Rhee Wall

What is the Rhee Wall?

The so-called Rhee Wall crosses the whole width of the Marsh, running 7.5 miles from Appledore to New Romney . It consists of two parallel earth banks some 50 metres apart east of Snargate, widening to about 100 metres apart west of that. The ground between these banks is raised well above the marsh on either side.

The name Rhee meant ‘watercourse’ in Old English and, although it has not contained water since about A.D.1400, it was indeed constructed as a channe1 to convey water from Appledore to wash away the silt being deposited by the sea in the harbour at Romney.

In 1258 an already ‘ancient’ watercourse (perhaps no more than 50 years old) existed as far as Old Romney, and the King gave instructions to extend it to New Romney. One sluice was made to take in water at Appledore and two others were built to control the flow at Snargate and New Romney.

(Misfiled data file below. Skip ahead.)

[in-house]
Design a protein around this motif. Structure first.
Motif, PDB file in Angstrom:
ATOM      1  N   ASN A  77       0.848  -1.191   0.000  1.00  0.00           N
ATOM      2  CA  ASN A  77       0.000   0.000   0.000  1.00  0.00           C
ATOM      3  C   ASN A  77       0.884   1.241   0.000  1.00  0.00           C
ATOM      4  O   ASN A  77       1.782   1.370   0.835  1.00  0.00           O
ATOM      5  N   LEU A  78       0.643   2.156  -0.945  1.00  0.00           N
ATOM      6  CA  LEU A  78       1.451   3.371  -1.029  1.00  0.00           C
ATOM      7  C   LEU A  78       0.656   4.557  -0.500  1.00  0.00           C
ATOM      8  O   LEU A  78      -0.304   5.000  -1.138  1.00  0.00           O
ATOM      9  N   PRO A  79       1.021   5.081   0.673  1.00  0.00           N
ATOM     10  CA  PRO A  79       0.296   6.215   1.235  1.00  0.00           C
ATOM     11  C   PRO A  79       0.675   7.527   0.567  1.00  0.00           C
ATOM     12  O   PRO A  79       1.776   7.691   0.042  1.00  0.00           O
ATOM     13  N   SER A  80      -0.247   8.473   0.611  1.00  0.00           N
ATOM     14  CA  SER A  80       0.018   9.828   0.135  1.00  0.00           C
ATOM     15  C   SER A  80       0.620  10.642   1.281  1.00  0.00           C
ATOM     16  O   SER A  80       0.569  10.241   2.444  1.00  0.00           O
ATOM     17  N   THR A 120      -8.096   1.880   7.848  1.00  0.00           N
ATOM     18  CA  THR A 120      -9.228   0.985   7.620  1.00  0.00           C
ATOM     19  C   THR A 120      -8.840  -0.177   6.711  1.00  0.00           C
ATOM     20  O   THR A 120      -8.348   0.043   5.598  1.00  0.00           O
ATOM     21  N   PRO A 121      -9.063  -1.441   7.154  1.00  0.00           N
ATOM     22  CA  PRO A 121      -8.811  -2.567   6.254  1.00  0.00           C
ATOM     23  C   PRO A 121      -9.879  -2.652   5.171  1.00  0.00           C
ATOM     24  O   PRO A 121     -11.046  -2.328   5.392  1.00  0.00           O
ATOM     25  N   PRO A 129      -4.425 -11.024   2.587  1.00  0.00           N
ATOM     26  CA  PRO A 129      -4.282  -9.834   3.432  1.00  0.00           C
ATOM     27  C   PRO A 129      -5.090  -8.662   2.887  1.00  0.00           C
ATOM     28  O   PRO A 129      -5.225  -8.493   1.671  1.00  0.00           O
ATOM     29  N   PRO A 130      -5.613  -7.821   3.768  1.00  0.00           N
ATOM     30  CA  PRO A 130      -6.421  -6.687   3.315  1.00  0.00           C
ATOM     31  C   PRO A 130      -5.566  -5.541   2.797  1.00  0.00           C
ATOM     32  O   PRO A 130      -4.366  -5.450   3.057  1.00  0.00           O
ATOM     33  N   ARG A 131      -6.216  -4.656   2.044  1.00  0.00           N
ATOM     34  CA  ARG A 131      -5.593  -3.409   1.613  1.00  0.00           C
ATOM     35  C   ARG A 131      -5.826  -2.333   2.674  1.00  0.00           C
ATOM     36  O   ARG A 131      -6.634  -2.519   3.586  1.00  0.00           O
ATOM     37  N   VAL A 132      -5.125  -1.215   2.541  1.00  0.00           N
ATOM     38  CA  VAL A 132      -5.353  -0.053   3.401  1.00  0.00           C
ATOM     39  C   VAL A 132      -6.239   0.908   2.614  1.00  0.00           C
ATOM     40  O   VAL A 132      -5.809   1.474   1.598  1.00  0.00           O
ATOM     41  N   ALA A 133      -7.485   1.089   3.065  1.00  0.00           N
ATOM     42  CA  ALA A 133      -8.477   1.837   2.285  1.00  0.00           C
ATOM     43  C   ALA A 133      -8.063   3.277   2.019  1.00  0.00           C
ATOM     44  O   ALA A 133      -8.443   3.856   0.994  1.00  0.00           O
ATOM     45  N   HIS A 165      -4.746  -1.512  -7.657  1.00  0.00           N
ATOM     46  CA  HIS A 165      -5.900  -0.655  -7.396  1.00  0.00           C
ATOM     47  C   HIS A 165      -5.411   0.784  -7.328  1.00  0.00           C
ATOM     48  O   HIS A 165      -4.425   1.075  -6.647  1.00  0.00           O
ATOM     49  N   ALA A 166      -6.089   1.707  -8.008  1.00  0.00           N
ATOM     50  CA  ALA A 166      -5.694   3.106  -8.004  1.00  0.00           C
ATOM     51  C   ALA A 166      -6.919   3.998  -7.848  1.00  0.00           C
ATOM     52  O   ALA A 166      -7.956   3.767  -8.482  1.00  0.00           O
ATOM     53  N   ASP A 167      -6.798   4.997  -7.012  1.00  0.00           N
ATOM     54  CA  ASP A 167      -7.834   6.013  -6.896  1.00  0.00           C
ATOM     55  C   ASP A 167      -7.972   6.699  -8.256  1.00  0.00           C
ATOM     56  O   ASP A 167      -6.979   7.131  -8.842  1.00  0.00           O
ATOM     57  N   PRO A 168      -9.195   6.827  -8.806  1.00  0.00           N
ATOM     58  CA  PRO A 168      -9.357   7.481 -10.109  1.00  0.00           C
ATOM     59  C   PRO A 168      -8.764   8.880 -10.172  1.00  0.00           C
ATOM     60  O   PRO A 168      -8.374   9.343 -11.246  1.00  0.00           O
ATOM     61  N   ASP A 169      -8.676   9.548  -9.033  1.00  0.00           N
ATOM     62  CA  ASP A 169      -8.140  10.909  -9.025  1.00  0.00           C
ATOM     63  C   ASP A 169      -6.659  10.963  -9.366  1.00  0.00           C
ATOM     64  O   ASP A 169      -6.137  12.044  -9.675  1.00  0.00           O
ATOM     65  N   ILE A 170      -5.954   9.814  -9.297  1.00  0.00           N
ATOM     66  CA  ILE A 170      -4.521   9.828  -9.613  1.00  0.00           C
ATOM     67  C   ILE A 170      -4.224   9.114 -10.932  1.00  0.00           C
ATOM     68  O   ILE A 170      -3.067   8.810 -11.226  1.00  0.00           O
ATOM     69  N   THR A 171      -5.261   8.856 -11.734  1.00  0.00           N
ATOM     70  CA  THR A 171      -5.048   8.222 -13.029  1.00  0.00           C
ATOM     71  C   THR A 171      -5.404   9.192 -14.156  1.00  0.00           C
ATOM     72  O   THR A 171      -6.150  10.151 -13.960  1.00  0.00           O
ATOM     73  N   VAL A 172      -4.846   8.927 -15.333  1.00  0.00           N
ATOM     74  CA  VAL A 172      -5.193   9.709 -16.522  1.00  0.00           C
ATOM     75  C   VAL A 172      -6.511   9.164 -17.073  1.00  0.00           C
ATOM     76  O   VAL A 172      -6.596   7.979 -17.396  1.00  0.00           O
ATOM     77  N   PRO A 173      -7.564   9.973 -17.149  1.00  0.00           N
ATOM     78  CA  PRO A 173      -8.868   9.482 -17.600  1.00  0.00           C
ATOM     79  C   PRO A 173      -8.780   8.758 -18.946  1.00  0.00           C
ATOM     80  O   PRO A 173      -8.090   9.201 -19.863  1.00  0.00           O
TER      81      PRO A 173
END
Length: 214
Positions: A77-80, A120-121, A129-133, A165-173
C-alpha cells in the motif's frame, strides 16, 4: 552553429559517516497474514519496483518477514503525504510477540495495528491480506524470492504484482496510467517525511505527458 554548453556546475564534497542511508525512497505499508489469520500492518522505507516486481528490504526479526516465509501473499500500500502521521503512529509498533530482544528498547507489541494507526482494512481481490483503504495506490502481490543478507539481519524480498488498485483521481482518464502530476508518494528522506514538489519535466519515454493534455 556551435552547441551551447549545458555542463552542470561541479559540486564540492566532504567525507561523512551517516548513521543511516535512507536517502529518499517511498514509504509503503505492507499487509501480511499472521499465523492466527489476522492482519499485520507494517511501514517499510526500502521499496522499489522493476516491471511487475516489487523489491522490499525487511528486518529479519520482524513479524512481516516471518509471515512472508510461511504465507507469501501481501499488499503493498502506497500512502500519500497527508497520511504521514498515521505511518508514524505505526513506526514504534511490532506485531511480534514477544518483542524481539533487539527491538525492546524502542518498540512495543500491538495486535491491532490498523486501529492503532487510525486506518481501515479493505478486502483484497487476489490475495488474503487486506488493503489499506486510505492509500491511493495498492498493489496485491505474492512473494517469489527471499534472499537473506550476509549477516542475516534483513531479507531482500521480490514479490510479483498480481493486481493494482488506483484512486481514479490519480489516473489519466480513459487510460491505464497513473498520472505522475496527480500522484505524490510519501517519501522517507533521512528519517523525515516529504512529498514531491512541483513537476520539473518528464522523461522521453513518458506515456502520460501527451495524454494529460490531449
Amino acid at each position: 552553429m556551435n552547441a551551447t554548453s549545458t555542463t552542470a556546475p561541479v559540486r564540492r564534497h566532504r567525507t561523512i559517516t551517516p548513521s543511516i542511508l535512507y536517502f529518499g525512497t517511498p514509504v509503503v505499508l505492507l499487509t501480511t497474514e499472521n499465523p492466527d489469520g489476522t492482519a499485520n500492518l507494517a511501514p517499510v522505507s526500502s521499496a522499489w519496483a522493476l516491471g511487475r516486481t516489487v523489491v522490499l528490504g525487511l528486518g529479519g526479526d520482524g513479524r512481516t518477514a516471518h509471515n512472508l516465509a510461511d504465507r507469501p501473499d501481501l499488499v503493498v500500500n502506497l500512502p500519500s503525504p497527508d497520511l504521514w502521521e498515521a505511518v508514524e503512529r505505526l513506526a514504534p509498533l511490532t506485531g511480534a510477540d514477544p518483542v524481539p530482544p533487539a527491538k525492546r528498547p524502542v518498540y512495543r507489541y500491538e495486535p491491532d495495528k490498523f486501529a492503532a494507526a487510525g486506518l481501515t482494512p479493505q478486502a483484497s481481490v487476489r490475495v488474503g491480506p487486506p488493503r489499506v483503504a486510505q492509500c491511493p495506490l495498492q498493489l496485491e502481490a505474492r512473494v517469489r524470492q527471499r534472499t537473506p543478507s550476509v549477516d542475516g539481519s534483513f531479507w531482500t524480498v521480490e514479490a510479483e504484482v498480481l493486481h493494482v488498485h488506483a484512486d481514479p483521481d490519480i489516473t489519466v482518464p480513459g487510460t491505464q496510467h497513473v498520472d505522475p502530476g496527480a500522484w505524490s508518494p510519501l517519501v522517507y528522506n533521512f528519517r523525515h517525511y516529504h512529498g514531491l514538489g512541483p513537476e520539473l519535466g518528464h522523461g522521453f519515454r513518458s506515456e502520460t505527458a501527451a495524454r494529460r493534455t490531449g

For over 100 years the flow was maintained, but the sea brought in its load of silt, which blocked and raised the channe1. As the silt grew higher, the walls had to be built even higher to prevent the water overflowing on to the marsh. By about 1400 the channel had dried out, and the Rhee ‘wall’ was left as a tract, usefully raised above the marsh and possible floods. It is now followed by the Appledore to Romney road.

NOTE: There is NO evidence to support an old suggestion that the Rhee was a Roman sea wall!

First posted in Romney Marsh on 6th October 2009
Last updated: 27th November 2012